(curl curl−ω2)(n−1)−1(curl curl−ω2n)~E=0 in Ω∖¯D.

Note that is only defined in . We define

 E={~Ein Ω∖¯D,−E0in D.

Then , where is defined by

 W:={E∈H0(curl,Ω):curlcurlE|Ω∖¯D∈L2(Ω∖¯D)},

which is equipped with the norm

 ∥E∥2W=∥E∥2H(curl,Ω)+∥curlcurlE∥2L2(Ω∖¯D). (21)

Now we are able to formulate a fourth order system of as follows,

 ⎧⎪ ⎪ ⎪ ⎪ ⎪ ⎪ ⎪ ⎪ ⎪ ⎪ ⎪ ⎪ ⎪ ⎪⎨⎪ ⎪ ⎪ ⎪ ⎪ ⎪ ⎪ ⎪ ⎪ ⎪ ⎪ ⎪ ⎪ ⎪⎩(curl curl−ω2)(n−1)−1(curl curl−ω2n)E=0 in Ω∖¯D,curlcurlE−ω2E=0 in D,ν×E|+=ν×E|− on ∂D,ν×(1ω2(n−1)−1(curl curl−ω2n)E)∣∣+=−ν×E|− on ∂D,ν×curl(1ω2(n−1)−1(curl curl−ω2n)E)∣∣+=−ν×curlE|− on ∂D,ν×E=0, ν×curlE=0 on ∂Ω. (22)

Take a test vector function . Multiplying the first equation in (22) by we have

 0=∫Ω∖¯D(curl curl−ω2)(n−1)−1(% curl curl−ω2n)E⋅¯Φdx. (23)

Denote

 Ψ=(n−1)−1(curl curl−ω2n)E  in%  Ω∖¯D. (24)

With the aid of the vector identity

 curlcurlE=−ΔE+∇divE, (25)

by Green’s second vector theorem, together with the boundary conditions in (22), equation (23) becomes

 0=∫Ω∖¯DΨ⋅¯¯¯¯¯¯¯¯¯¯¯¯¯¯¯¯¯¯¯¯¯¯¯¯¯¯¯¯¯¯¯¯¯¯¯¯¯¯¯¯¯¯¯¯¯(curl curl−ω2)Φdx−∫∂D(ν×Ψ⋅¯¯¯¯¯¯¯¯¯¯¯¯¯¯¯curlΦ−curlΨ⋅¯¯¯¯¯¯¯¯¯¯¯¯¯¯ν×Φ)ds. (26)

By (24), the fourth and fifth transmission conditions in (22) can be written in terms of

 ν×Ψ|+=−ω2ν×E|−,  ν×curlΨ|+=−ω2ν×curlE|−  on ∂D.

Use the above boundary conditions, (26) becomes

 0=∫Ω∖¯D(n−1)−1(curlcurlE−ω2E)⋅¯¯¯¯¯¯¯¯¯¯¯¯¯¯¯¯¯¯¯¯¯¯¯¯¯¯¯¯¯¯¯¯¯¯¯¯¯¯¯¯¯¯¯(curlcurlΦ−ω2Φ)dx−∫Ω∖¯Dω2E⋅¯¯¯¯¯¯¯¯¯¯¯¯¯¯¯¯¯¯¯¯¯¯¯¯¯curlcurlΦdx+∫Ω∖¯Dω4E⋅¯Φdx+ω2∫∂D(ν×E|−⋅¯¯¯¯¯¯¯¯¯¯¯¯¯¯¯curlΦ+ν×curlE|−⋅¯Φ)ds.

By Green’s first vector theorem, and with the aid of the vector identity (25), we obtain

 0=∫Ω∖¯D(n−1)−1(curlcurlE−ω2E)⋅¯¯¯¯¯¯¯¯¯¯¯¯¯¯¯¯¯¯¯¯¯¯¯¯¯¯¯¯¯¯¯¯¯¯¯¯¯¯¯¯¯¯¯(curlcurlΦ−ω2Φ)dx−ω2∫ΩcurlE⋅¯¯¯¯¯¯¯¯¯¯¯¯¯¯¯curlΦdx+ω4∫ΩE⋅¯Φdx.

Therefore, the variational formulation of the interior transmission problem (22) becomes: find such that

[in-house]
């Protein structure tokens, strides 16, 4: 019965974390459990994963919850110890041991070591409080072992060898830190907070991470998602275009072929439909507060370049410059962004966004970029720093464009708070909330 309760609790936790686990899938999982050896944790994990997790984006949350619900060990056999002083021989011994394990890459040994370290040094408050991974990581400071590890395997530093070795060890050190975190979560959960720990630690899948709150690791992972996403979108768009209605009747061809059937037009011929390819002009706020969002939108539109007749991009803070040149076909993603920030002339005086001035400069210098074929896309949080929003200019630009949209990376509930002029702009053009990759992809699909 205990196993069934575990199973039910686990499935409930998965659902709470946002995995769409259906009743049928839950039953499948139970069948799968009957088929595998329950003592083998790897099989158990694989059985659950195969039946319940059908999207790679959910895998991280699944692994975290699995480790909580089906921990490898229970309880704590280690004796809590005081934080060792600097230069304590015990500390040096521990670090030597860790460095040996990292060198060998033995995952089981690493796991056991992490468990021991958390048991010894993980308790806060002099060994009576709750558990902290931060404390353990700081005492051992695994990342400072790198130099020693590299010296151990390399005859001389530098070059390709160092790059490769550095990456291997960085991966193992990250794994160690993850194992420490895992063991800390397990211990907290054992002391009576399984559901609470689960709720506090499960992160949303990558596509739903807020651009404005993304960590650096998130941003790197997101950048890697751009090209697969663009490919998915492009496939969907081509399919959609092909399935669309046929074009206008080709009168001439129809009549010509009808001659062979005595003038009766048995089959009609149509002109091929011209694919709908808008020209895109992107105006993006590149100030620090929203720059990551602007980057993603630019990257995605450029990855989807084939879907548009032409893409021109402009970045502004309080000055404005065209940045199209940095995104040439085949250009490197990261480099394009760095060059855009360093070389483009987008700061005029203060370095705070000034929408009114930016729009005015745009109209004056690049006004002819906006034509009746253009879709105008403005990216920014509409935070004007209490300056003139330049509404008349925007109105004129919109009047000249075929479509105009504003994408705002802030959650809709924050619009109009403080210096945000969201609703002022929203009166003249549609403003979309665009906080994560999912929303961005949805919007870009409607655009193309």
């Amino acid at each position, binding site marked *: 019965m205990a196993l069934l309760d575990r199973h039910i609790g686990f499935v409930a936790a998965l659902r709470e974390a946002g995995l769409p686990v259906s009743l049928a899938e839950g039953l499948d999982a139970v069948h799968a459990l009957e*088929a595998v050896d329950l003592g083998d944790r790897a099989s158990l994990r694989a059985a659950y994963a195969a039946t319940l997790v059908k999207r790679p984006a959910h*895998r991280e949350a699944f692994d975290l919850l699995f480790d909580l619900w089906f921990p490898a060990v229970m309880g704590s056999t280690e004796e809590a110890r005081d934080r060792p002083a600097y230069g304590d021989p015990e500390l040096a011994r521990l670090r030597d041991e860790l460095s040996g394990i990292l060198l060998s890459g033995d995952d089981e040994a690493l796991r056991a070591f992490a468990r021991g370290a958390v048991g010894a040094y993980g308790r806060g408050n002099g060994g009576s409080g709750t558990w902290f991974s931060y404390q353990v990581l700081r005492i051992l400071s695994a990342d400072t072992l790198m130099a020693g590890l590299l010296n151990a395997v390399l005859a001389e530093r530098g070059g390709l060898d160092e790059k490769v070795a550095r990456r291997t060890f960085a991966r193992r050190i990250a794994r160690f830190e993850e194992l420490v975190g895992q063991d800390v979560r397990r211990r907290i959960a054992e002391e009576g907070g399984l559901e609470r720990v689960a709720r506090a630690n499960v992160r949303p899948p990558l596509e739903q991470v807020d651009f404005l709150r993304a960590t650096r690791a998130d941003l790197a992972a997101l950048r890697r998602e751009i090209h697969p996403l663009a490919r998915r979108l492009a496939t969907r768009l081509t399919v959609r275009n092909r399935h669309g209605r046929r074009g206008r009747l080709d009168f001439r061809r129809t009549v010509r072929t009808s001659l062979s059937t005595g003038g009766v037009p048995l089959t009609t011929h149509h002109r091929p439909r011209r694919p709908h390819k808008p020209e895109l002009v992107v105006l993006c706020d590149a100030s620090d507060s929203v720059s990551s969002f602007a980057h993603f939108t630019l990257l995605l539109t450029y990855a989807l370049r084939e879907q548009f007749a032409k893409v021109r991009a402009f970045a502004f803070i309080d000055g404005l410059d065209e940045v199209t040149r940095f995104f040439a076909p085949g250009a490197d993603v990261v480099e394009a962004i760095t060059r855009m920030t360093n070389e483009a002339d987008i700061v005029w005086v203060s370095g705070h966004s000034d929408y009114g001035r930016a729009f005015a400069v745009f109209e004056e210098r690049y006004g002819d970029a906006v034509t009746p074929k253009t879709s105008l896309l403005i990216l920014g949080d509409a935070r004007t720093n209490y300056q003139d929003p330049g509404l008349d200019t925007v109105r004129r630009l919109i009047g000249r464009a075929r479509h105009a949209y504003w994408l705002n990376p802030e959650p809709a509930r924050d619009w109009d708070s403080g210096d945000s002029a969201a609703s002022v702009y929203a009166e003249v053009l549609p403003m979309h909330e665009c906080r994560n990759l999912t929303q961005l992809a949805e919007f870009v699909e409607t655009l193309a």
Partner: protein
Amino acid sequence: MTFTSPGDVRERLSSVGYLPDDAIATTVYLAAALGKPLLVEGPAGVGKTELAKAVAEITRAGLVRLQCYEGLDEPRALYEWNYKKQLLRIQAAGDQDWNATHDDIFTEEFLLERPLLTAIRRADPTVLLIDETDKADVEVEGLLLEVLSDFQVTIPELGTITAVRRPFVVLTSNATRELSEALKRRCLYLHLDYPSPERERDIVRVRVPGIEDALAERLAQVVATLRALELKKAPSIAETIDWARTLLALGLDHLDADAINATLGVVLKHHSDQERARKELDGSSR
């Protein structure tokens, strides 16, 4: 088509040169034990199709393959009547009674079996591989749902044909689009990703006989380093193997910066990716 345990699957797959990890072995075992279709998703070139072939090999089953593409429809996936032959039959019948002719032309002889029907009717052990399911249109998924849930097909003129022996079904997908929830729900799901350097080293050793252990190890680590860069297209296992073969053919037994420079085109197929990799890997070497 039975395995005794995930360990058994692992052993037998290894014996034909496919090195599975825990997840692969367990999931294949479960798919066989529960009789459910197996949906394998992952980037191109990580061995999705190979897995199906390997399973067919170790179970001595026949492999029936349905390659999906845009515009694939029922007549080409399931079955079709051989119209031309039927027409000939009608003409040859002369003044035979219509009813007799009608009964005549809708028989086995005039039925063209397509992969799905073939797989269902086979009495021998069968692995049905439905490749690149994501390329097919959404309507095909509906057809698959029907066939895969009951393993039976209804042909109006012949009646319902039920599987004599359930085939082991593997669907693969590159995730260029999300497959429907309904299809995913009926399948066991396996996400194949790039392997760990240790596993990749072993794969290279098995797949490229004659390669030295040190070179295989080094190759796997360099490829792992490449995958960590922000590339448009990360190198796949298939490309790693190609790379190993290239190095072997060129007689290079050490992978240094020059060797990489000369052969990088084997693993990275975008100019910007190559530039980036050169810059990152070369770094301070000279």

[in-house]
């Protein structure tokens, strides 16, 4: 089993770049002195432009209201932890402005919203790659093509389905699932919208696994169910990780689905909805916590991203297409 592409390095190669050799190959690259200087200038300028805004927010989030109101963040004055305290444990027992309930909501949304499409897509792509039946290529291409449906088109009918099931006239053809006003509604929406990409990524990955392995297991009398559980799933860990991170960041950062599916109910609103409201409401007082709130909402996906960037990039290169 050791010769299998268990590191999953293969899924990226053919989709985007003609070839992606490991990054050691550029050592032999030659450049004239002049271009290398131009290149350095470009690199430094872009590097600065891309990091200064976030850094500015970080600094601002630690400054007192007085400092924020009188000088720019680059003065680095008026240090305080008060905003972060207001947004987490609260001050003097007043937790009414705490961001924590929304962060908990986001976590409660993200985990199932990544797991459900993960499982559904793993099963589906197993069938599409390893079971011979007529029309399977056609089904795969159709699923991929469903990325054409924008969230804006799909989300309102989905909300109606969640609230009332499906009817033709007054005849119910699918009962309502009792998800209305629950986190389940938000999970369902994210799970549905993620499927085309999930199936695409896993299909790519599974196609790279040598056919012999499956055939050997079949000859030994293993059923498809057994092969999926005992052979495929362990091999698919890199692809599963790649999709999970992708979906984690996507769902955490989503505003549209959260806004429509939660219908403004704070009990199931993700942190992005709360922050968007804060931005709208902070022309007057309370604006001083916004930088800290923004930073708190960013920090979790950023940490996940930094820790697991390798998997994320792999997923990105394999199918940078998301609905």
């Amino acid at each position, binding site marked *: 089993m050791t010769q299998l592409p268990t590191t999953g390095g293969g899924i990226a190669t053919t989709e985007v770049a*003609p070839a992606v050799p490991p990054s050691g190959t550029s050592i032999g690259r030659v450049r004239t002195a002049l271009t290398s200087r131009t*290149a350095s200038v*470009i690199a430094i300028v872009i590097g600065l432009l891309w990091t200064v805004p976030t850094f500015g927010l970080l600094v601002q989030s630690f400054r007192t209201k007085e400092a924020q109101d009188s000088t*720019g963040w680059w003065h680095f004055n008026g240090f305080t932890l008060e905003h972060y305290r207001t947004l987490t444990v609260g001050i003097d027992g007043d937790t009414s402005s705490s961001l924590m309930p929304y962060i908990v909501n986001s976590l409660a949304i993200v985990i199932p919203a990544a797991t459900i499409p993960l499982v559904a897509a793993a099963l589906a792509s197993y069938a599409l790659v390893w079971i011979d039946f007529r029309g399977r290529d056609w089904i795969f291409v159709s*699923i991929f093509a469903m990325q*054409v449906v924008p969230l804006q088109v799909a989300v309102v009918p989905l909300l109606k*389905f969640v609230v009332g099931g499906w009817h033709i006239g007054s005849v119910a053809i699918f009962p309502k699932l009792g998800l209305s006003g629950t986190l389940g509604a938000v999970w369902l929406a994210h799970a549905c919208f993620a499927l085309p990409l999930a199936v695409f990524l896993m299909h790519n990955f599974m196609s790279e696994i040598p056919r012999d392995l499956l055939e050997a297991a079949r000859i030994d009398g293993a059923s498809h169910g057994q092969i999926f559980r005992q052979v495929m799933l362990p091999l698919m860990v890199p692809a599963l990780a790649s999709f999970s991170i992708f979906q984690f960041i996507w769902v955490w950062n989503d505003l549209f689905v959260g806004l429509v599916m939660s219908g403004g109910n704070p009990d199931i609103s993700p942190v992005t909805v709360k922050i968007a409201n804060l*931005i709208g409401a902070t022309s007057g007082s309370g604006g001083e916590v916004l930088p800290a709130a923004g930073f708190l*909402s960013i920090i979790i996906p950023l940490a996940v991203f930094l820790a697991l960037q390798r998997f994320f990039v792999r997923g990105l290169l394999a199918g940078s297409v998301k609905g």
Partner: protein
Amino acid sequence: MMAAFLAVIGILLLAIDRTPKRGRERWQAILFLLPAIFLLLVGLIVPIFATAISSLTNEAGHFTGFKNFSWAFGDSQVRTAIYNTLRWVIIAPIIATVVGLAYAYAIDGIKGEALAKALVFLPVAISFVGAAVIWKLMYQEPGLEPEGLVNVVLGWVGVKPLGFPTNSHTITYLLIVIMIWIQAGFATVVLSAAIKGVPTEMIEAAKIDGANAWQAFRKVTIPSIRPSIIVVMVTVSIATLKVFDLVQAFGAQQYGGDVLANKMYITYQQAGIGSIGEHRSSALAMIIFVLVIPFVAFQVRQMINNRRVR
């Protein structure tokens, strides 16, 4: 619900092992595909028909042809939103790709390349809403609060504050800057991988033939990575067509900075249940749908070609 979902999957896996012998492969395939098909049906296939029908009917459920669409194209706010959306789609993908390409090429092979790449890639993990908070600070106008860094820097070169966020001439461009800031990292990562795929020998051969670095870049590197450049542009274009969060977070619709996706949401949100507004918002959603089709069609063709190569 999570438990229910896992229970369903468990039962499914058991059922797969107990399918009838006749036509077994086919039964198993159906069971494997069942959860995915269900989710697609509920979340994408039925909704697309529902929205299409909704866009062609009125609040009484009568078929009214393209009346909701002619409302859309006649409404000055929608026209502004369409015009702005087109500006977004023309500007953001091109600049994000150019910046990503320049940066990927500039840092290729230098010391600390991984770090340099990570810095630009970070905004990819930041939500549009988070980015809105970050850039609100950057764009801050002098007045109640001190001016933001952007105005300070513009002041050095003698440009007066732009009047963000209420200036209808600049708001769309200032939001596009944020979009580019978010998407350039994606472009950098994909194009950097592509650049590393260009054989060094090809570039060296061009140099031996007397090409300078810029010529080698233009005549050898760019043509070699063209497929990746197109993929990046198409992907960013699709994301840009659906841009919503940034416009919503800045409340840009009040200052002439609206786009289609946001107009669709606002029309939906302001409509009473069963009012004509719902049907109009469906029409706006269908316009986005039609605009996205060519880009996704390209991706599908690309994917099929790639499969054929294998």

∫Ω∖¯D(n−1)−1(curlcurlE−ω2E)⋅¯¯¯¯¯¯¯¯¯¯¯¯¯¯¯¯¯¯¯¯¯¯¯¯¯¯¯¯¯¯¯¯¯¯¯¯¯¯¯¯¯¯¯(curlcurlΦ−ω2Φ)dx−ω2∫ΩcurlE⋅¯¯¯¯¯¯¯¯¯¯¯¯¯¯¯curlΦdx+ω4∫ΩE⋅¯Φdx=0, (27)

for all . By taking appropriate test function it is easy to see that a solution of the variational problem (27) defines a week solution to (22) and therefore to the interior transmission problem (17).

## 3 Spectral property of the interior transmission eigenvalue problem

In this section, we investigate the spectral property of the interior transmission eigenvalue problem (17). We prove the discreteness and the existence of the interior transmission eigenvalues by considering in and in , respectively.

### 3.1 Discreteness of the spectrum when n−1<0

###### Theorem 3.1.

Assume that in . And moreover, satisfies . Then the set of transmission eigenvalues is discrete.

###### Proof.

Suppose in . We define two sesquilinear forms on :

 Aω(E,Φ)=−∫Ω∖¯D(n−1)−1(curlcurlE−ω2E)⋅¯¯¯¯¯¯¯¯¯¯¯¯¯¯¯¯¯¯¯¯¯¯¯¯¯¯¯¯¯¯¯¯¯¯¯¯¯¯¯¯¯¯¯(curlcurlΦ−ω2Φ)dx+ω2∫ΩcurlE⋅¯¯¯¯¯¯¯¯¯¯¯¯¯¯¯curlΦdx+ω4∫ΩE⋅¯Φdx

and

 B(E,Φ)=2∫ΩE⋅¯Φdx,

where is defined by (21). Then the variational form (27) of the interior transmission is equivalent to

 Find  E∈W such that
 Aω(E,Φ)−ω4B(E,Φ)=0  for all Φ∈W.

By the Riesz representation theorem there exist two bounded linear operators and such that

 (AωE,Φ)W:=Aω(E,Φ) and (BE,Φ)W:=B(E,Φ).

By Lemma 3.2 and 3.3 in the sequel we have is coercive and is compact. Hence the operator is Fredholm with index zero. The transmission eigenvalues are the values of for which has a nontrivial kernel. To apply the analytic Fredholm theorem, it remains to show that or is injective for at least one .

For all we have that

 Aω(E,E)−ω4B(E,E)=∫Ω∖¯D(1−n)−1|curlcurlE−ω2E|2dx+ω2∥curlE∥2L2(Ω)−ω4∥E∥2L2(Ω). (28)

The Poincaré inequality gives us that:

 ∥E∥2L2(Ω)≤C(∥curlE∥2L2(Ω)+∥divE∥2L2(Ω)),